Have to try the copper. The barley bags I think actually encourage the algae. Fish work great if your set up is right but I have a horse fisher or would that be fisher horse? She loves to catch them and swish them around in her mouth before spitting them back in the tank. Kind of like apple bobbing only live apples. Torture to the poor fishies.
 

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Maybe the copper might work in a different region with different weather.. but I can tell you here in PA, the copper didn't do a thing. I experimented some last summer as DH gets various copper scrap from work, and even using a giant section of pipe in our 100 gallon rubbermaid tank didn't make any difference.


We prefer the plastic tank for safety reasons.
 

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Plastic cracks, metal rusts through.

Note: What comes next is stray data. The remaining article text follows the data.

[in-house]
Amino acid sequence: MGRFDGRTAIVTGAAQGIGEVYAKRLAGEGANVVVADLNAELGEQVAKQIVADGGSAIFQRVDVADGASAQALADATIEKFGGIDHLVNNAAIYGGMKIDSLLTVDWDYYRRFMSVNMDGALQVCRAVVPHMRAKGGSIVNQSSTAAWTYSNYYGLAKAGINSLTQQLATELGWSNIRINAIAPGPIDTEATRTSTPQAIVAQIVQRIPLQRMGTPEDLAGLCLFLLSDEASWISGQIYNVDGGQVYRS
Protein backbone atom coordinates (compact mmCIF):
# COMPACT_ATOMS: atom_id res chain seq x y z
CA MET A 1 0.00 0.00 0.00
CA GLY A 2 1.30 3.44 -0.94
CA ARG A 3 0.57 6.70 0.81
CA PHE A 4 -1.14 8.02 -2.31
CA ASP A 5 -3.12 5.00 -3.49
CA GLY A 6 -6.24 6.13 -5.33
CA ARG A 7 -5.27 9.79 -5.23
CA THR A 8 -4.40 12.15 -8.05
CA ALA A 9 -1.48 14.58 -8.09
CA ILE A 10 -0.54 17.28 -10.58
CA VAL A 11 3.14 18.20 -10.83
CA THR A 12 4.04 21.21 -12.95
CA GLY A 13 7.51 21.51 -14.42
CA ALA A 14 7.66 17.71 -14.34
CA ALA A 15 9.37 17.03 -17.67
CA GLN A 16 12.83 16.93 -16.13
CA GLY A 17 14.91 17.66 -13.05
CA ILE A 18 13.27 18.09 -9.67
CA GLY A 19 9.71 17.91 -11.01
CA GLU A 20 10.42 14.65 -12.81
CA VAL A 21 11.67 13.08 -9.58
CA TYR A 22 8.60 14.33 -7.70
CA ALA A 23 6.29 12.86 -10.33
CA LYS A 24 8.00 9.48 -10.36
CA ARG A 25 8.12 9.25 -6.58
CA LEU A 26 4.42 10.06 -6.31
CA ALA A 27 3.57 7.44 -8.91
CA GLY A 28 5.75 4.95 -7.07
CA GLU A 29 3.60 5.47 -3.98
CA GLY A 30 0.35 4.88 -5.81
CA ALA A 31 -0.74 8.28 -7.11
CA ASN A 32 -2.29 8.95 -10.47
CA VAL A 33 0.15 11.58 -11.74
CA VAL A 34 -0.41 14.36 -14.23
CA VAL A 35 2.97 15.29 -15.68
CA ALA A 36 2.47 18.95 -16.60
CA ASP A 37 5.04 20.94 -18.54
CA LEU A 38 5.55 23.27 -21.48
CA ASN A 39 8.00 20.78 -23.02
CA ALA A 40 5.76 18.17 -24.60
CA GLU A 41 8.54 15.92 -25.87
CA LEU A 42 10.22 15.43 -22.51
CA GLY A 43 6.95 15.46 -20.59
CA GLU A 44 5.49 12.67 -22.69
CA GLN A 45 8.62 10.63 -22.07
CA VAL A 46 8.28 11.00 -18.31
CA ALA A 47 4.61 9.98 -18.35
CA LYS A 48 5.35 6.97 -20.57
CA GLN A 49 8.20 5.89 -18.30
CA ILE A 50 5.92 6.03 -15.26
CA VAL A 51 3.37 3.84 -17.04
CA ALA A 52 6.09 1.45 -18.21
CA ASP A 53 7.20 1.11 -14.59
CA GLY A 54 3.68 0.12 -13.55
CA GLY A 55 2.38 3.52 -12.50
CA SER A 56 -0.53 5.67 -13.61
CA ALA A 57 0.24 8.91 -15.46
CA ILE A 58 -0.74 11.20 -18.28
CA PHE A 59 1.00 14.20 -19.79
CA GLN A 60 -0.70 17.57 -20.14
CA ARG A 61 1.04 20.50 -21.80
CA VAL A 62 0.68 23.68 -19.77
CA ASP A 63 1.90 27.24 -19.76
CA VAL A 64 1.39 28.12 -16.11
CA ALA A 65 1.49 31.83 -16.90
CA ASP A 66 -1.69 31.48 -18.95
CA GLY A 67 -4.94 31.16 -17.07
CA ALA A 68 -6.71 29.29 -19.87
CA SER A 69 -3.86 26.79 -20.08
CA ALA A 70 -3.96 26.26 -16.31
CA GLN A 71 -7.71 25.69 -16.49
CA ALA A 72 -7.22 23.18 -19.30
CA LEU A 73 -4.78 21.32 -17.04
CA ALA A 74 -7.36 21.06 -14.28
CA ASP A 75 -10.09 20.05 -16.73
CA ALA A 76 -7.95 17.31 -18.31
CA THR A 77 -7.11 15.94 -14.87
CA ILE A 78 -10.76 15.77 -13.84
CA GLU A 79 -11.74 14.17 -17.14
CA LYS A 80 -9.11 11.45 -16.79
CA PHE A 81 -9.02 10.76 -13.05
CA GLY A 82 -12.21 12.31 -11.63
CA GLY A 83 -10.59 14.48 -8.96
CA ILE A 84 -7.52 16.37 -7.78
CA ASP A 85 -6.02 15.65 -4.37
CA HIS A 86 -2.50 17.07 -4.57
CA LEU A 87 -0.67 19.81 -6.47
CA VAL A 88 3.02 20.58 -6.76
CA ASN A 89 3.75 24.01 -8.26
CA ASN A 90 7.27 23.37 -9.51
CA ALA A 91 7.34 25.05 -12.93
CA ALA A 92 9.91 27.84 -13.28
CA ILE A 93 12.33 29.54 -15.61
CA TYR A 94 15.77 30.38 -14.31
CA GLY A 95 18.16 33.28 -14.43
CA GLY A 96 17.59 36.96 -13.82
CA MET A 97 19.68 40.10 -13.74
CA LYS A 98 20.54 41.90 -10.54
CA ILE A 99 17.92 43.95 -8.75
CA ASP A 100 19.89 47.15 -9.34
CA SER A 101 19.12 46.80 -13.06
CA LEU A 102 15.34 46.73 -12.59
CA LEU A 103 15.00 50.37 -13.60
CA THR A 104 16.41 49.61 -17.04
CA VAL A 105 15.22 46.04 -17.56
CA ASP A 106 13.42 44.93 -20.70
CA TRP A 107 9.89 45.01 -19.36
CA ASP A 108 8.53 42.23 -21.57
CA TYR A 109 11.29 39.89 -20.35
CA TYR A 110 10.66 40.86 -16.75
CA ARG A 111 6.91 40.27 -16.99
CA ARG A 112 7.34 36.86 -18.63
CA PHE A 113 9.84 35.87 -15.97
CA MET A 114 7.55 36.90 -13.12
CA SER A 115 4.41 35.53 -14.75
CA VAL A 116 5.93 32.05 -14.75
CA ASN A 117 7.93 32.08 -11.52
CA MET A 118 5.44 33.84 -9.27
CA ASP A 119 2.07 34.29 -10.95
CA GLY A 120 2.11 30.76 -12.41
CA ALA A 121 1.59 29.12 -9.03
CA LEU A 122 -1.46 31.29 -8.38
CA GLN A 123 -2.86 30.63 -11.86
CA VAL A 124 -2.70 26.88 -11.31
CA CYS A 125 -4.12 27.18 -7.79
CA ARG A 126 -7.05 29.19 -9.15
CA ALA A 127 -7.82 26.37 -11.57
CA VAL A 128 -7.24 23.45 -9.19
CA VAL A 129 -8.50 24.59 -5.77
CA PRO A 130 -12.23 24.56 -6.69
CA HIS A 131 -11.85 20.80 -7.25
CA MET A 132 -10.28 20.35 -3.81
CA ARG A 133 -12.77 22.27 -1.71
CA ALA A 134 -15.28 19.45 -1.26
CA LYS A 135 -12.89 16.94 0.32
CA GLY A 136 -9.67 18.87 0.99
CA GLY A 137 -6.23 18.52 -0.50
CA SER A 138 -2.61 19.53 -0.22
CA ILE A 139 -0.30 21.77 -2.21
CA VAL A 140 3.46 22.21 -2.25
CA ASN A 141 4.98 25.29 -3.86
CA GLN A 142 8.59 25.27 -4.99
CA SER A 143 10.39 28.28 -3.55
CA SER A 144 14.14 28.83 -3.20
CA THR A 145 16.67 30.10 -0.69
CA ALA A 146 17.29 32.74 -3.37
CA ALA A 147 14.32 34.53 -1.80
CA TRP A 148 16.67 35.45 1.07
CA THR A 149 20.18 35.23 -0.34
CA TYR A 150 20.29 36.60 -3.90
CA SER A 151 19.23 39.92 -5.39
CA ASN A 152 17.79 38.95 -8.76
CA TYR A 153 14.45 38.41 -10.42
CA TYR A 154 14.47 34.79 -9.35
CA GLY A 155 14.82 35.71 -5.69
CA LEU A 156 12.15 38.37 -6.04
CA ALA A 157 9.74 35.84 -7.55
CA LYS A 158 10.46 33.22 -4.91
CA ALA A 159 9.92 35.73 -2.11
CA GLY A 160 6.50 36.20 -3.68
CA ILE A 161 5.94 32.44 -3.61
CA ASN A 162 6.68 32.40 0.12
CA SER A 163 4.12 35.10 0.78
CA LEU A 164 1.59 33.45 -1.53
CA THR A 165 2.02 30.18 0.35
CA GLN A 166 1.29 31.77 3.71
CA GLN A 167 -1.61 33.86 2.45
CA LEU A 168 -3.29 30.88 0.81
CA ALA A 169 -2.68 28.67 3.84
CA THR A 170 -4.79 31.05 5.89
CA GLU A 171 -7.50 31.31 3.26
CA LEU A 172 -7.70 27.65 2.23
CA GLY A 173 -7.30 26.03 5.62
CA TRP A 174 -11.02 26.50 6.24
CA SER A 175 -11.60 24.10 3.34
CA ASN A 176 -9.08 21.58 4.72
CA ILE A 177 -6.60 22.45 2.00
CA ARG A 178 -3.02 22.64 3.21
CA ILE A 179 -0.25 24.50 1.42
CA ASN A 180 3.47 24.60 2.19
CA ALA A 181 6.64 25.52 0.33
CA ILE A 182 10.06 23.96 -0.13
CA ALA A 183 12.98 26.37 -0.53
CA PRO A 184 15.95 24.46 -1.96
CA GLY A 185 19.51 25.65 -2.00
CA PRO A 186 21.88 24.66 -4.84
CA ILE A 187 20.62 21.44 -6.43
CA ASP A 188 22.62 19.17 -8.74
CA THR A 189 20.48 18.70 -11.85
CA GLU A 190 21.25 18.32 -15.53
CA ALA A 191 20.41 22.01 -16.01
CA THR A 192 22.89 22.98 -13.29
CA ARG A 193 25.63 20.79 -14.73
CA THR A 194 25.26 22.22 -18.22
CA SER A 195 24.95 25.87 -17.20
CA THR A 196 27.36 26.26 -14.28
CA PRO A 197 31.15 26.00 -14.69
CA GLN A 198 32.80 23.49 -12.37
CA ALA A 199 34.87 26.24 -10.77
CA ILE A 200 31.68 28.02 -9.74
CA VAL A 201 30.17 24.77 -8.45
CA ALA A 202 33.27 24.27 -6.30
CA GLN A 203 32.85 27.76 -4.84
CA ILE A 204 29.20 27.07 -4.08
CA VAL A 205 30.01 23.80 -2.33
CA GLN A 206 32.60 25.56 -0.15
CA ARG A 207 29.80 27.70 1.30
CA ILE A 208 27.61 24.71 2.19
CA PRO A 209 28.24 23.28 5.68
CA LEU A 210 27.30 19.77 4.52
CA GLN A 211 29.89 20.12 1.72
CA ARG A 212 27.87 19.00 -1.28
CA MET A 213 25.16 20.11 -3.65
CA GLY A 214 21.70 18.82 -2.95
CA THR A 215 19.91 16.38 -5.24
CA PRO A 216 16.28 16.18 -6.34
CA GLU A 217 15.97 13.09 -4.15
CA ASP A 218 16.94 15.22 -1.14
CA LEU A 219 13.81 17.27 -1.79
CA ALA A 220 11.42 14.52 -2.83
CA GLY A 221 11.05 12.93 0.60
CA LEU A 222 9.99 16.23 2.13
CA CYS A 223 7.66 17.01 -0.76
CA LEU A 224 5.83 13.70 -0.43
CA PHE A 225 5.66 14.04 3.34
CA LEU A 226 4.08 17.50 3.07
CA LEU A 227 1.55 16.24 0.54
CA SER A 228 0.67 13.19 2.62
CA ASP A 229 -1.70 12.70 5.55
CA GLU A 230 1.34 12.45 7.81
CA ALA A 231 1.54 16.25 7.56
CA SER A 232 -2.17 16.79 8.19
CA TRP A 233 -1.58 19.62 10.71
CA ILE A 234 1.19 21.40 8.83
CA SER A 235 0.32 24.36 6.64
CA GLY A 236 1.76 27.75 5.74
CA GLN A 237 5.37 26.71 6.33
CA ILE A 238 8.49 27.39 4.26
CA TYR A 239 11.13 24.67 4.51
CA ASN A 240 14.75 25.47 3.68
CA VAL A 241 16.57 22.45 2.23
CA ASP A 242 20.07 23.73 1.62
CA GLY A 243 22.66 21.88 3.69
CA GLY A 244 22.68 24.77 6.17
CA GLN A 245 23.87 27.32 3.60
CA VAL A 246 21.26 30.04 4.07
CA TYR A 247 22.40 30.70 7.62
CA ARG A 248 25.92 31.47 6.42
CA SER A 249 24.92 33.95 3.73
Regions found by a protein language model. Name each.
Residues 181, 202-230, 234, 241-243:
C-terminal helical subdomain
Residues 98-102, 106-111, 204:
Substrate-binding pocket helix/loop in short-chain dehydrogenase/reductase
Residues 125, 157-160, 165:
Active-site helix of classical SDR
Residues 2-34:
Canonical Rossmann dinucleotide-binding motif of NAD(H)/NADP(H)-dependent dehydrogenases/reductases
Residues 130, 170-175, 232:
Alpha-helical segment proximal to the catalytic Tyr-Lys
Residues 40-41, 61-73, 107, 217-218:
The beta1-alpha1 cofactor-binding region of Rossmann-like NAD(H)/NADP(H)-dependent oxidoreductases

I wish they had larger flexible rubber troughs! I use them for sheep and they're great. Have two metal 50g that have rusted through, even though they're lifted off the ground. Have 2 left that will probably spring a leak if I ever move them....Plastic will crack first winter, as I always forget the heaters...
For algae, shade helps a lot. I also don't worry about wall algae, it's not the dangerous blue-green algae in ponds.
 

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If you buy the junk plastic tanks they crack well because there junk. If it isn't Rubbermaid it isn't worth the money spent.

Rubbermaid troughs are indestructible one I have has frozen solid. When tank heater quit at 50 below zero. That has happened quite a few times ,tank isn't cracked or compromise in anyway.